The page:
In the movie Spotlight, it was shown that former priest, psychotherapist, and author named Richard Sipe clinically studied the RCC rule of priestly celibacy & the molestation issue for 30 years and found it to be a clinical "phenomenon". He found that the celibacy rule was part of the problem. Over half of priests weren't celibate but most who were active had sexual relations with adults. However his metric found that in any given location, 6% of priests would be molesters. In Boston in 2002, that meant of the 1500 priests active in parishes, about 90 would be molesting children.

This figure was confirmed in Boston, where given the number of active priests, Sipe had predicted 90 would be pedophiles. The Globe found 87 pedo-priests. Imagine the metric of how many victims that expands to! One priest in Boston had molested 80 boys. Compound that over the entire world. Indeed, at the movie's end credits, they flashed all the cities where scandals of this sort had erupted. The priest-molestation issue is not insulated, sparse, or an anomaly. It's widespread. Worse, it is systematically covered up by Cardinals Church Attorneys, policemen...

The movie stars Michael Keaton as the Spotlight editor, and the cast includes Mark Ruffalo, Rachel McAdams, John Slattery, and Stanley Tucci, among others. I appreciated that the film captured what devastation molestation does to a person's psyche, and retained a grave and honorable dignity while interviewing the victims. I also appreciated that though the movie did by necessity spell out a few details, it didn't overdo and kept that aspect of the scene to an understated minimum.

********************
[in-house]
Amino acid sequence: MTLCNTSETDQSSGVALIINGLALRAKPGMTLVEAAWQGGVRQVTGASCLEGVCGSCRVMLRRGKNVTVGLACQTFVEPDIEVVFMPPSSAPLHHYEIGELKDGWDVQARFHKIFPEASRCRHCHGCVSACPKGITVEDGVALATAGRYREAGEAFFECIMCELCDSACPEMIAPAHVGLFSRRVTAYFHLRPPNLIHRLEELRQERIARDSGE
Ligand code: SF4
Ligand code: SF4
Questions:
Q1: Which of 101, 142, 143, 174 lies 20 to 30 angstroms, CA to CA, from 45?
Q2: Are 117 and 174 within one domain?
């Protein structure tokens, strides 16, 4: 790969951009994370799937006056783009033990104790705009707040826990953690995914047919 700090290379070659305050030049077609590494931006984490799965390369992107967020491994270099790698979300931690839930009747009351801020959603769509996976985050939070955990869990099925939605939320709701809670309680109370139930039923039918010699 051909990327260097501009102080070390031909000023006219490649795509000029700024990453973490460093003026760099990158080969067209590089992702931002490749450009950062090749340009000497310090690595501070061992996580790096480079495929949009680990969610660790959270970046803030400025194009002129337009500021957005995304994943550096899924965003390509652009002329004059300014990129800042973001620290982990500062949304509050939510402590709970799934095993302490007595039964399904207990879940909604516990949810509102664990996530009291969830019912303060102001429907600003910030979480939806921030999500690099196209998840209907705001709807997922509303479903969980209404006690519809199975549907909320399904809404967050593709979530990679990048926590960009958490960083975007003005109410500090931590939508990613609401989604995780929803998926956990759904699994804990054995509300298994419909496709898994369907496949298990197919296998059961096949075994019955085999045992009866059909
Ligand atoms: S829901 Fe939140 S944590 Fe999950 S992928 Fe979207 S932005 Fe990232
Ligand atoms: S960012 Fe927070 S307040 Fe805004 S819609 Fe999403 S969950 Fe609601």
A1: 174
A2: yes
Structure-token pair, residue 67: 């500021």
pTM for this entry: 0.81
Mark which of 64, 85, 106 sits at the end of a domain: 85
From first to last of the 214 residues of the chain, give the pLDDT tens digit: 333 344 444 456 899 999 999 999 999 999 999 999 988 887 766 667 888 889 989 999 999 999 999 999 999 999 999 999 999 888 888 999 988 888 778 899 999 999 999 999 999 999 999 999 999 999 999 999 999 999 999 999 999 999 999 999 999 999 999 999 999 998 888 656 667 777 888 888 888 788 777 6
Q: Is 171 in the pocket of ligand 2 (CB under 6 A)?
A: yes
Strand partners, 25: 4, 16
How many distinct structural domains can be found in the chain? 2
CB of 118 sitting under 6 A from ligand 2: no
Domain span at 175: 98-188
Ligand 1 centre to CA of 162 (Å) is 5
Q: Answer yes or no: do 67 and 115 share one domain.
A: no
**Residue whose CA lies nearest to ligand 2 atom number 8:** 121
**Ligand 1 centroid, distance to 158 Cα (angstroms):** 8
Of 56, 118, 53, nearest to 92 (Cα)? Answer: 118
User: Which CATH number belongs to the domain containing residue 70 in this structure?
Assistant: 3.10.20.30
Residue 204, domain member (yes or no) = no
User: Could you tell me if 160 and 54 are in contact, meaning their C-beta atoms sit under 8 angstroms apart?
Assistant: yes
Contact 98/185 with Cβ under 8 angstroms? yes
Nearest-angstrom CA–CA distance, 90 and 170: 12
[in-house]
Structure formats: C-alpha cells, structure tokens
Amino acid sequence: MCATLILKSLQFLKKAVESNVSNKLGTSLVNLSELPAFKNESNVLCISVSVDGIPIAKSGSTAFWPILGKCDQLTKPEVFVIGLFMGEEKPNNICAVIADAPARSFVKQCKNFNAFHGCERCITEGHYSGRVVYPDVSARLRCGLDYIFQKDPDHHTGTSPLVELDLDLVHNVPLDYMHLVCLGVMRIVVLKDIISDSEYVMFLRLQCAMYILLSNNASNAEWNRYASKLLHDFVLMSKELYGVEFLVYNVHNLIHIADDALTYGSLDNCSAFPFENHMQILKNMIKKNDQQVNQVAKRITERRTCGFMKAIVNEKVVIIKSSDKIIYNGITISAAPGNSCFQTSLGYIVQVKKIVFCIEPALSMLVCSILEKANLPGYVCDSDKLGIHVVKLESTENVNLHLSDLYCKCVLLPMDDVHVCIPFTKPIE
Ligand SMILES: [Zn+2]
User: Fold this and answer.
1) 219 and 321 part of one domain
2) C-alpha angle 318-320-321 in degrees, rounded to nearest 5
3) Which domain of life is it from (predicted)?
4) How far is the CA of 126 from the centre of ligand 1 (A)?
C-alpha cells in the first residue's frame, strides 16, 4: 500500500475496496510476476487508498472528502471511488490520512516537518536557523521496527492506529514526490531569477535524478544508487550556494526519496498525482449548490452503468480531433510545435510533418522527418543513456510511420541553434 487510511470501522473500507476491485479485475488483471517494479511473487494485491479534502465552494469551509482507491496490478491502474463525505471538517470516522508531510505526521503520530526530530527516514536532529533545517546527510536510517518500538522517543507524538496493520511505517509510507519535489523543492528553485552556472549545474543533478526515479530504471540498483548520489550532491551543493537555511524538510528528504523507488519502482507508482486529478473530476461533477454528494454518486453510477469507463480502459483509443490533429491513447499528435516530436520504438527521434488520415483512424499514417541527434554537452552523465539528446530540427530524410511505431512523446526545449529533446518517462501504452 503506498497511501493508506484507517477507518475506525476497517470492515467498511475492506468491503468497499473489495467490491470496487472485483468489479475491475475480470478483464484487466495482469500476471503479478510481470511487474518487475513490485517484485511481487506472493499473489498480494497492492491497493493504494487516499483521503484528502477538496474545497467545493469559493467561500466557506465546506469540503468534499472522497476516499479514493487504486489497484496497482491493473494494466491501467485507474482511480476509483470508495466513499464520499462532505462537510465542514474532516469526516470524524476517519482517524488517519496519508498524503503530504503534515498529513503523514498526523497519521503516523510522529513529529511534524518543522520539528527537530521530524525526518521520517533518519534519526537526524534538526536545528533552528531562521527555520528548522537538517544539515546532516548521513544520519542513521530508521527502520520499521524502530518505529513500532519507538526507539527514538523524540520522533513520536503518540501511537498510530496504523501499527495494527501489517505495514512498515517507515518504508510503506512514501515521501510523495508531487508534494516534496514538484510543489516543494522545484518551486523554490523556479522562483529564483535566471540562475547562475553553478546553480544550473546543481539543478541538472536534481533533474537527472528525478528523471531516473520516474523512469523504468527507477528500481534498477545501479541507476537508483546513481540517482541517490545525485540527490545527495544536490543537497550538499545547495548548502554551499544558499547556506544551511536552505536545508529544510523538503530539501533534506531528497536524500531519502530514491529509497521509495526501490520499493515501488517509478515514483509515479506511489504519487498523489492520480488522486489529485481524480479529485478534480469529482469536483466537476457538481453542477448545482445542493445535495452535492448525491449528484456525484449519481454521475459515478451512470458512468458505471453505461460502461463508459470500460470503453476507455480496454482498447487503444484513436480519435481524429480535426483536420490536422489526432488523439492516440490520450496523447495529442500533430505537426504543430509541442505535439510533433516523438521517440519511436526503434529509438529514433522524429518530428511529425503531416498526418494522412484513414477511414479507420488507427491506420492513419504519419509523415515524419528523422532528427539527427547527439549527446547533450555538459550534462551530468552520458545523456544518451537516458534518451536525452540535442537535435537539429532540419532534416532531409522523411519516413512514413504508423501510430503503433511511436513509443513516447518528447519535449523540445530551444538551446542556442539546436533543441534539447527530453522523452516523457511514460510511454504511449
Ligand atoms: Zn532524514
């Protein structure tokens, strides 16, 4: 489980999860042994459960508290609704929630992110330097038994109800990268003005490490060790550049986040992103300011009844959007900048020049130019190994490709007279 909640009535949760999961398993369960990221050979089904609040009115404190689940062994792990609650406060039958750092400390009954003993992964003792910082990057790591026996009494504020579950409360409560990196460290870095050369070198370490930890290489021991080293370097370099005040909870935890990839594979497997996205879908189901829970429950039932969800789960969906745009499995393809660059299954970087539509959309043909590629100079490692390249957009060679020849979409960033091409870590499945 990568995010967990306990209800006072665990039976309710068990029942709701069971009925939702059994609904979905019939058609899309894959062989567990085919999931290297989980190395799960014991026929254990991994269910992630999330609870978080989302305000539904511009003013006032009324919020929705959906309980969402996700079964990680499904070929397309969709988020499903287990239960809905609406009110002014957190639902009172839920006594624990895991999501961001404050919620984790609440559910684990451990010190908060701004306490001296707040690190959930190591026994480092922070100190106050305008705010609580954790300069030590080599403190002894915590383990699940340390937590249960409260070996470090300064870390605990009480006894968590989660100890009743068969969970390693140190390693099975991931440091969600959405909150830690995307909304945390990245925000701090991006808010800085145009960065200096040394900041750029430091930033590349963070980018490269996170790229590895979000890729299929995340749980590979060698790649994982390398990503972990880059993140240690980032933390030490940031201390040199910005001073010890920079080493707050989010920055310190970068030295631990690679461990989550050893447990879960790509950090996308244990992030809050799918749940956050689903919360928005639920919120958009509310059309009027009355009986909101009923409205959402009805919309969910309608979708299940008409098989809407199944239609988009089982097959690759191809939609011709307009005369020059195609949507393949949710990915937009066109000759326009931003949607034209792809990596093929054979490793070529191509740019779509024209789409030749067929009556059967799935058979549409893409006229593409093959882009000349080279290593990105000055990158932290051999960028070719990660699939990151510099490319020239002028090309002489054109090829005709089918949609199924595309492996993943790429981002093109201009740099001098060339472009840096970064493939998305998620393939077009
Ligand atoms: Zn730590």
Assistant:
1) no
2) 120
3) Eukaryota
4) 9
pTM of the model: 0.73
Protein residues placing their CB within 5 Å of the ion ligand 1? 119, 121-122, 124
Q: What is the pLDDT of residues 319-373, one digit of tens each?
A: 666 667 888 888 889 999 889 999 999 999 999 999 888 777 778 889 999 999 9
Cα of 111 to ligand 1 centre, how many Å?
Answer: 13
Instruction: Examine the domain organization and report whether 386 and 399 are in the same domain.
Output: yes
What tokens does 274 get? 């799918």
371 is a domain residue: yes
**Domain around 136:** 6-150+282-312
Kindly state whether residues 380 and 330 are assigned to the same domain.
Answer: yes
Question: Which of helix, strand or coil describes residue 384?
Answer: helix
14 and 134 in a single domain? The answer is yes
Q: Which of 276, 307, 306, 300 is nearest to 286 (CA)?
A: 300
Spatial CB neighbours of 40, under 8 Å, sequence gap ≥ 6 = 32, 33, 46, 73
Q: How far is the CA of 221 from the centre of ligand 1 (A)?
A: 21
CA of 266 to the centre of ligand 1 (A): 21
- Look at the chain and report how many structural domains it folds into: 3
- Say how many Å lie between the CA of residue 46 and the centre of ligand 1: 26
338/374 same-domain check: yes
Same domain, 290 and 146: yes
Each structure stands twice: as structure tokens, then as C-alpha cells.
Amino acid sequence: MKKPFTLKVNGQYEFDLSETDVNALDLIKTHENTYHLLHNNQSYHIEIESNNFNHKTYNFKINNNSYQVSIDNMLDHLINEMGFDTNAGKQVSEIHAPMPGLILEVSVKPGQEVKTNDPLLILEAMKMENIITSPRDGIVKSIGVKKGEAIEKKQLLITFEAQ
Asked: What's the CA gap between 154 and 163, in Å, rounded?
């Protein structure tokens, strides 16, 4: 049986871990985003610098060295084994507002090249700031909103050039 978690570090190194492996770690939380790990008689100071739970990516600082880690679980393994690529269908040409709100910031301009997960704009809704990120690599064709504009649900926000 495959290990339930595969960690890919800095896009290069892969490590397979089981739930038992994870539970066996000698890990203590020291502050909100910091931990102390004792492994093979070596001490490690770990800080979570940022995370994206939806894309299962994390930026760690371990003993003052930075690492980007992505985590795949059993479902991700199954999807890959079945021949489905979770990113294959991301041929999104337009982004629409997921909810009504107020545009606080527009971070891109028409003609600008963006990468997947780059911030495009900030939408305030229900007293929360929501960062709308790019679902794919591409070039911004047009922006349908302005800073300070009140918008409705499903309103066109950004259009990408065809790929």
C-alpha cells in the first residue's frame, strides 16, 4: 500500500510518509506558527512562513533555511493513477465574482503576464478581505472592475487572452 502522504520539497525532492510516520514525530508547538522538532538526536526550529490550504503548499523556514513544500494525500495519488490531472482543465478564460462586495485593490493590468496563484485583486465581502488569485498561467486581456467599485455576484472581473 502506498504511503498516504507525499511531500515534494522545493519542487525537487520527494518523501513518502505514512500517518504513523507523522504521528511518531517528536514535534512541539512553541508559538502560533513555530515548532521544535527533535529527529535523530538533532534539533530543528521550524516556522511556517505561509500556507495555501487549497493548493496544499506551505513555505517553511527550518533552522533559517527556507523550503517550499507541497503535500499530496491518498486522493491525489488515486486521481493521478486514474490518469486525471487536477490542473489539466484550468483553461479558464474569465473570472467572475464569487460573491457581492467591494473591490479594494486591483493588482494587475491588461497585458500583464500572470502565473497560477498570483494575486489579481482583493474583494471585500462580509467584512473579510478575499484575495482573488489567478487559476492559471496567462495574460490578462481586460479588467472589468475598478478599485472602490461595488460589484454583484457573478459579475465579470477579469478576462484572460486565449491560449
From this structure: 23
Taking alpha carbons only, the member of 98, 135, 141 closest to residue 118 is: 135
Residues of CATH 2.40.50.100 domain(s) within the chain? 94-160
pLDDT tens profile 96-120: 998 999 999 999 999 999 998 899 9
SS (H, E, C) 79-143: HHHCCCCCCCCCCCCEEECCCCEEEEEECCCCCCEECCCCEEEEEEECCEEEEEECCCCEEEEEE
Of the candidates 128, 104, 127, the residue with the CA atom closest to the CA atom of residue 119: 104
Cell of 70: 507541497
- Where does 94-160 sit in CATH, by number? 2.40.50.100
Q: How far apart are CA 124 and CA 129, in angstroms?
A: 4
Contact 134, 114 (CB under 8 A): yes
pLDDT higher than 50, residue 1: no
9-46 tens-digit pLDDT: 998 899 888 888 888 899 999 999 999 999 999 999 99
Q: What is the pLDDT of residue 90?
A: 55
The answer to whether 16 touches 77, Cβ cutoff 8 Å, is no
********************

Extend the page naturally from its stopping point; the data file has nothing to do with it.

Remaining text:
As the movie revealed the problem layer by layer, the director had done a good job of showing the world through the reporter's increasingly jaded perspective. A silent look at a church, with a playground across the street no longer held charm for the reporters, but instead was a scene of potential horror. As the list of victims expanded, some on the team discovered people they knew had been molested, or had been unknowingly in contact with priests who had been active. One reporter discovered that a house down his own street held defrocked priests. As he leapt up from his computer and ran out into the street in his socks to look for himself, he ran past boys on bikes and playing ball, another scene of subversive horror rather than neighborly comfort.

Worst of all, as victims described the grooming process, it became apparent that priests traded on their authority to gain access to the boys most of whom were from broken homes, marginalized, and poor. The authority the priests traded on was God.

As I watched, I became incensed and grief-stricken. I mourned the many children who were raped or molested, and prayed and wailed for the Lord to return. I also became incensed, because of the grossness and horror of the use of God as a cover for normalizing this perversion.

I have avoided the issue since I came in contact with it in 2002, but given the news of the priests in Pittsburgh, I decided to look it full in the face. It's an unsavory topic, and an unwelcome one. But its importance to me at least, was to illustrate the utter depravity of the Catholic Church, which is not a church. It is a den of perversion and evil, from moral to spiritual. Partnering with the RCC in any way taints a Christian utterly. Yet I had to force myself to remember the horror of sin in all of us is worthy of hell, and my own sin would have launched me there unless the Lord had elected me to salvation.

Spotlight is one of the best movies I've ever seen. Its relevance increases day by day as more information comes out about Pittsburgh. As a Christian, I think Spotlight is a must-see.